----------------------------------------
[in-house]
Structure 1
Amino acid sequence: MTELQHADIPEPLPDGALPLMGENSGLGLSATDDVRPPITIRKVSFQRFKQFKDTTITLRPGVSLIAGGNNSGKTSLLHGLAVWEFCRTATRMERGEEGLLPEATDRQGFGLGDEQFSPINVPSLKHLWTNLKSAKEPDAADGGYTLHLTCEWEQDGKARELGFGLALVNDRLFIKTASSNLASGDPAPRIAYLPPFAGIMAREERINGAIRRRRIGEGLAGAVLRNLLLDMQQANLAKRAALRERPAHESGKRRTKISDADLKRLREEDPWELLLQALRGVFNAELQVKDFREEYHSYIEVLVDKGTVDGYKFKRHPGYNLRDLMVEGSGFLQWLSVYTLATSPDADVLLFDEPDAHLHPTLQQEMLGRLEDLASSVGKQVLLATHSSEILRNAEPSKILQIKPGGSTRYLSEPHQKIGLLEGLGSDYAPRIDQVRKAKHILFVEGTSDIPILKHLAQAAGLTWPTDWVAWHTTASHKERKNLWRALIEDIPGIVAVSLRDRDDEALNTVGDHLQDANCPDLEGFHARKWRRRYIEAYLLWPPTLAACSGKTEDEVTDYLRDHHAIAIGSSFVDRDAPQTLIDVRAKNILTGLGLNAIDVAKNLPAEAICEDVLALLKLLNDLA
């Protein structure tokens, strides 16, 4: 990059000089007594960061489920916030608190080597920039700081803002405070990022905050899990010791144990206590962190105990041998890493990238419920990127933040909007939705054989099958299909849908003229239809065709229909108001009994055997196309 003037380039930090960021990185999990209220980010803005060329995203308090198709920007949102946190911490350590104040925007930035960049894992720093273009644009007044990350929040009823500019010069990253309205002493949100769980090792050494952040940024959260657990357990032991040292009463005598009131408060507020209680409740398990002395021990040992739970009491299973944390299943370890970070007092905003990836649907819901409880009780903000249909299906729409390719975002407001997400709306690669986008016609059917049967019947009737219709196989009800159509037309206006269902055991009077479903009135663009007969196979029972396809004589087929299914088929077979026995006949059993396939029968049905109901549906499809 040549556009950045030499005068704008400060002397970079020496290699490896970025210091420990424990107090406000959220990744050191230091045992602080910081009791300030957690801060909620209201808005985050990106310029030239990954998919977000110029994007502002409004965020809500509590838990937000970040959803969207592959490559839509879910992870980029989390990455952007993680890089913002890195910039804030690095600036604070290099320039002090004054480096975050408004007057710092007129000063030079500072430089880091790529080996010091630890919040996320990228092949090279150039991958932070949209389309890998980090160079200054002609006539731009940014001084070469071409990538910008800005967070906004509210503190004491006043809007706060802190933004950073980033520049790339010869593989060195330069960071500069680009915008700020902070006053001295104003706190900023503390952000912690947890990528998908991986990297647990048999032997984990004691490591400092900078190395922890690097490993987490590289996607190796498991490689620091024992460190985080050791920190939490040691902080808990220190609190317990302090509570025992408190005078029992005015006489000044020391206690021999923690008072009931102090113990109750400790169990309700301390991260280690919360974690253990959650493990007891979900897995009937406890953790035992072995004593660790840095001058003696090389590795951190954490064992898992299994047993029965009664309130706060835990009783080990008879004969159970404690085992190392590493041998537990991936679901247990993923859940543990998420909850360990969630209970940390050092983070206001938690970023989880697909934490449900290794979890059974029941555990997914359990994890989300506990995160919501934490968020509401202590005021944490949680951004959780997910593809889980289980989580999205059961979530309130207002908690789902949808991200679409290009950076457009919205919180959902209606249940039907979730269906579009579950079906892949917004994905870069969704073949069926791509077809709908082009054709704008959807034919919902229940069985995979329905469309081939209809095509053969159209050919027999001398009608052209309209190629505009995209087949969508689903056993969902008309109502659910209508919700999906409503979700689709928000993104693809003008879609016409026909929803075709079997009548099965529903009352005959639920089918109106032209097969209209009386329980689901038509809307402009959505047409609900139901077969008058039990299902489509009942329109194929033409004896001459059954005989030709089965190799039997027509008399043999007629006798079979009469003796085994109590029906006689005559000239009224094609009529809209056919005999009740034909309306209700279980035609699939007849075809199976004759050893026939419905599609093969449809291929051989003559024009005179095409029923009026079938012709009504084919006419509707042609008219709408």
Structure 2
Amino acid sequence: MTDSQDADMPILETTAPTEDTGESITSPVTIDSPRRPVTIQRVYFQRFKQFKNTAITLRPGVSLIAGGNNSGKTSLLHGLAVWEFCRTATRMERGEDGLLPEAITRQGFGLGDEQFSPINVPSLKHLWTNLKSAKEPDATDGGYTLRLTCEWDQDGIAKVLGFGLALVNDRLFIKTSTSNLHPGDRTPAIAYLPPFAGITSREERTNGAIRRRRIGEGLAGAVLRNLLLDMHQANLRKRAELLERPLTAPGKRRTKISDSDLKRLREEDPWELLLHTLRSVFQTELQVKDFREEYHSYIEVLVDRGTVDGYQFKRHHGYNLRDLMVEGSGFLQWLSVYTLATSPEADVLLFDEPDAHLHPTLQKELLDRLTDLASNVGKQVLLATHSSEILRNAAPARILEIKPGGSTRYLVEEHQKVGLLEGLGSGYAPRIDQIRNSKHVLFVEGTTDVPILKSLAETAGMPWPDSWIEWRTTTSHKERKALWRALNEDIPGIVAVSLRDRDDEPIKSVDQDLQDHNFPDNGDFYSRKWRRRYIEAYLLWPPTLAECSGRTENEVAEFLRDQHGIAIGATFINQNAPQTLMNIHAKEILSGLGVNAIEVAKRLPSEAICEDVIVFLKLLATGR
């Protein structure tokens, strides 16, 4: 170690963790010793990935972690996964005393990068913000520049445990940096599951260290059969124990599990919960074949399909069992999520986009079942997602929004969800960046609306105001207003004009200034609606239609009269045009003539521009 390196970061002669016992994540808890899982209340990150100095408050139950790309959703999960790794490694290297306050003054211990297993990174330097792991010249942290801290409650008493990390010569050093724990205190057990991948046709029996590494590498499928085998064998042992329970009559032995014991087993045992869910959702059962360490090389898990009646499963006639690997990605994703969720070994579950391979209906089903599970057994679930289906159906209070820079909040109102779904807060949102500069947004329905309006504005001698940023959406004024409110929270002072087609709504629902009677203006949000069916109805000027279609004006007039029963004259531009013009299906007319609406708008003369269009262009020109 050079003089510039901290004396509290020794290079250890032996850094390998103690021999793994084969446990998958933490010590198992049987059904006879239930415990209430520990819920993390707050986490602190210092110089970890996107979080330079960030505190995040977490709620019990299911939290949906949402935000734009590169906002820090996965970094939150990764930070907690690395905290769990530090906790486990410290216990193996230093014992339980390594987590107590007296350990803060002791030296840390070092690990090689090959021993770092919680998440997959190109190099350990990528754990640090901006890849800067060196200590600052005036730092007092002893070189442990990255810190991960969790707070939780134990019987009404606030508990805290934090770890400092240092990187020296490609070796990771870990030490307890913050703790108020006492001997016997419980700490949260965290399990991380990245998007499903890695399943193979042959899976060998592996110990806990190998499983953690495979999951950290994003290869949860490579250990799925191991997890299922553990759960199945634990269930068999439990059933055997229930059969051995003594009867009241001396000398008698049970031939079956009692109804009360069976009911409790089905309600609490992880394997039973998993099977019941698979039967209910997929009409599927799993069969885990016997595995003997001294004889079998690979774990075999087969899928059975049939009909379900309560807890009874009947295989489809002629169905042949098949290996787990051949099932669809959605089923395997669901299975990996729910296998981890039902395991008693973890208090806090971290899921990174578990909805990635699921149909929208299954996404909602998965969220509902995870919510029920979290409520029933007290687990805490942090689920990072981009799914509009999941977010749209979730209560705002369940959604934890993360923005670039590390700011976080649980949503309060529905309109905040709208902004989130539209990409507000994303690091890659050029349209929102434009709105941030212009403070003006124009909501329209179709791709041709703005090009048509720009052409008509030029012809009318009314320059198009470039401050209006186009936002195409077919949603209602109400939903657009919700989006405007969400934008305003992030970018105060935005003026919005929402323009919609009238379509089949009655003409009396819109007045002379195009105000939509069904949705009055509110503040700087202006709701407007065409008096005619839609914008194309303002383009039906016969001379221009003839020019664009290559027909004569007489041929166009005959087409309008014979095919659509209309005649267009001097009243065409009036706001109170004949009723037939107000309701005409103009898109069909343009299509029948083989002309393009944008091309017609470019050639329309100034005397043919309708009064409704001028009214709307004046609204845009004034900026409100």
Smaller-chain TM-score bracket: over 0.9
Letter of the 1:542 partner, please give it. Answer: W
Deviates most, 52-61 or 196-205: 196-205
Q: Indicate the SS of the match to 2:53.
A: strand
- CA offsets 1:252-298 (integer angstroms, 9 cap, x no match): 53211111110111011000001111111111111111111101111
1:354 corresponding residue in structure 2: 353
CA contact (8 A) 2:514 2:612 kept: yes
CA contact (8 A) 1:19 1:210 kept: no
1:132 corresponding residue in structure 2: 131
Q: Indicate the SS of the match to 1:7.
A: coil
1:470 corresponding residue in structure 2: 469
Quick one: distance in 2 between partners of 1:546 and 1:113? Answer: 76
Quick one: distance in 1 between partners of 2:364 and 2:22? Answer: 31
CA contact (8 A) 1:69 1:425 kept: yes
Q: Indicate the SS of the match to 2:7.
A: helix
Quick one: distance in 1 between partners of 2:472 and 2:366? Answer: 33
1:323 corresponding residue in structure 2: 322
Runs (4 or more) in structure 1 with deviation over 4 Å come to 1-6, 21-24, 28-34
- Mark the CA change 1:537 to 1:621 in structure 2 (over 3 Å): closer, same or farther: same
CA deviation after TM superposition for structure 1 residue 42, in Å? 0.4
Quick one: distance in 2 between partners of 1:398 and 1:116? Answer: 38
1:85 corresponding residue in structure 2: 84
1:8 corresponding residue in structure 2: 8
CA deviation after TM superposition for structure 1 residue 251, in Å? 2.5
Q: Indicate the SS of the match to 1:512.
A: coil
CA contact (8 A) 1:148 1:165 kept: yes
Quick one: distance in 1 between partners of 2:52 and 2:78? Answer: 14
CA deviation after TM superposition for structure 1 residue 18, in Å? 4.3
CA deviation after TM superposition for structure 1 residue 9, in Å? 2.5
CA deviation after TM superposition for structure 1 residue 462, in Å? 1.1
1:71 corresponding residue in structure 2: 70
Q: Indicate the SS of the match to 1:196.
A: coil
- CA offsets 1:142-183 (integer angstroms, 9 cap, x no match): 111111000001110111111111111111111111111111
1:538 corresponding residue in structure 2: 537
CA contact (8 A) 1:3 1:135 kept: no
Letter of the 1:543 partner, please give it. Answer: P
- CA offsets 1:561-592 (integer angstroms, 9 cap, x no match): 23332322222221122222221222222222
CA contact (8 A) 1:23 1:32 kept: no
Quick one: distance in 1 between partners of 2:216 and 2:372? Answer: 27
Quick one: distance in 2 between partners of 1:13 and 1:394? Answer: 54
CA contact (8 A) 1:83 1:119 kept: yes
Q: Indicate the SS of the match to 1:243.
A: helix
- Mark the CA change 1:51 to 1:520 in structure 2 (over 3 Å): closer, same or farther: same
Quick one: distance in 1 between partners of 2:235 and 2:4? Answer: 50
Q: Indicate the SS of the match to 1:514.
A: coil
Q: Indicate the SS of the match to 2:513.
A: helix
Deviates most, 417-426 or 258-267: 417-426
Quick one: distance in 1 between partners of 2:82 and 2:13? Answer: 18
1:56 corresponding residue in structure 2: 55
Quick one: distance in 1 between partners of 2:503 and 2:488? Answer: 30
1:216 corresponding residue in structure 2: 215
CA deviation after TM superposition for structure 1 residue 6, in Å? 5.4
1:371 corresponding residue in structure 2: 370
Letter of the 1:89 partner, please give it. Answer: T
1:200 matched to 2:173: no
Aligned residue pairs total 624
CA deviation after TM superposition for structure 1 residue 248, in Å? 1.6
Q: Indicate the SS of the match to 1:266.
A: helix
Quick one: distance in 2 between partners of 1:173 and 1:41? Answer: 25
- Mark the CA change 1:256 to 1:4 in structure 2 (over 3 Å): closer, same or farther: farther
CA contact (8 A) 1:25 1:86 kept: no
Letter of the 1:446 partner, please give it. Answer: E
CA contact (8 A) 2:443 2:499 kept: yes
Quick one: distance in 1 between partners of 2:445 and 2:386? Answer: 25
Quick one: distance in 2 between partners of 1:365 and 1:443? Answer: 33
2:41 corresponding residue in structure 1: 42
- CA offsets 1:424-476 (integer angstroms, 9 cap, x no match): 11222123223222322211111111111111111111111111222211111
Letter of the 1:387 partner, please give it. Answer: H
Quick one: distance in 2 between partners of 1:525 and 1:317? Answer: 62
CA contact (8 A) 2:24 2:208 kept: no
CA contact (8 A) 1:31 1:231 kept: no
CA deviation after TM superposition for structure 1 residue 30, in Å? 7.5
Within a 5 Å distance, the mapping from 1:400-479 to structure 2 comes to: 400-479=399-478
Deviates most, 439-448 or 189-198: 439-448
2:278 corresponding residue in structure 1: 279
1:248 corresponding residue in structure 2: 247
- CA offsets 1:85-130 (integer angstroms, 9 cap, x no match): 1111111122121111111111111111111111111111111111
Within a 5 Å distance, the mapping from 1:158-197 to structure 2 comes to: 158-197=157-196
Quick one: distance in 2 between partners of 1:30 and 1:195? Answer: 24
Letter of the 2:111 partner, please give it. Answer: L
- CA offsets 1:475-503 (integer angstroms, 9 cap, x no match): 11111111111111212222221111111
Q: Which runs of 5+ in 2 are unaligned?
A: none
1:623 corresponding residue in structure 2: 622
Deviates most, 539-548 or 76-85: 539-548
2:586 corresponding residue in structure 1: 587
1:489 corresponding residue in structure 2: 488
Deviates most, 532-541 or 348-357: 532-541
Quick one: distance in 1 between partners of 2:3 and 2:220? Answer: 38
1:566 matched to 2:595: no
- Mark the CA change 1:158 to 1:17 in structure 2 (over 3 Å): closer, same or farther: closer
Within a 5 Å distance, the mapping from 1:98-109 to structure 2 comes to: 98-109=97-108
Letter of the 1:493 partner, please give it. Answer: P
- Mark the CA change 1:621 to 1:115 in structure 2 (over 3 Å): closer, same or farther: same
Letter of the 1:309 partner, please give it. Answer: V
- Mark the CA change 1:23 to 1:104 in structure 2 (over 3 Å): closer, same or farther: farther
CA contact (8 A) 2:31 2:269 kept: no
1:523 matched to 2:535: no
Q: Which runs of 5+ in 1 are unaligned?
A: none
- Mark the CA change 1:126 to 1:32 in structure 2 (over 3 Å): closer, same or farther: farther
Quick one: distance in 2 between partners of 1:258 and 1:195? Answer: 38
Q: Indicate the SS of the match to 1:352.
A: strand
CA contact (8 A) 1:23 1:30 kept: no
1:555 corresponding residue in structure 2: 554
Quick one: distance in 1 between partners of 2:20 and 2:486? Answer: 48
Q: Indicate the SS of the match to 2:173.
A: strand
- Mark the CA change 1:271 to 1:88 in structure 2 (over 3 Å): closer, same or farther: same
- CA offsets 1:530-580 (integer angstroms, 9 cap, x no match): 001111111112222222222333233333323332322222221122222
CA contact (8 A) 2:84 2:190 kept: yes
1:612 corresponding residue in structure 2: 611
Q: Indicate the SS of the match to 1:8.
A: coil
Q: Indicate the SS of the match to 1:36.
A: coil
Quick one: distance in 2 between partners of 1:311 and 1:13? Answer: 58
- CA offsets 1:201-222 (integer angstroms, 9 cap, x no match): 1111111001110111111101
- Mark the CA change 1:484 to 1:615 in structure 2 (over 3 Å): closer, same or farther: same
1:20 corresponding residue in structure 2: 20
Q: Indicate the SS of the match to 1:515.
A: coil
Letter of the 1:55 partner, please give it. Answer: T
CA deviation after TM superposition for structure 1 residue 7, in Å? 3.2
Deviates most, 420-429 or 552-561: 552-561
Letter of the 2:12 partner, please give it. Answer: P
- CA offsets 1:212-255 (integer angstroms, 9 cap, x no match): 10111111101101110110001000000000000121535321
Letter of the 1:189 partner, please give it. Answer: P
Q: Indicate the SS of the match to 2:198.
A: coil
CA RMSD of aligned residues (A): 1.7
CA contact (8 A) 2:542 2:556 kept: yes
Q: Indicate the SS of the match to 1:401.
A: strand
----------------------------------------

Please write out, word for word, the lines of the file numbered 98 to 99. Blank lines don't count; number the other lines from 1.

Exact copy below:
Q: Which runs of 5+ in 2 are unaligned?
A: none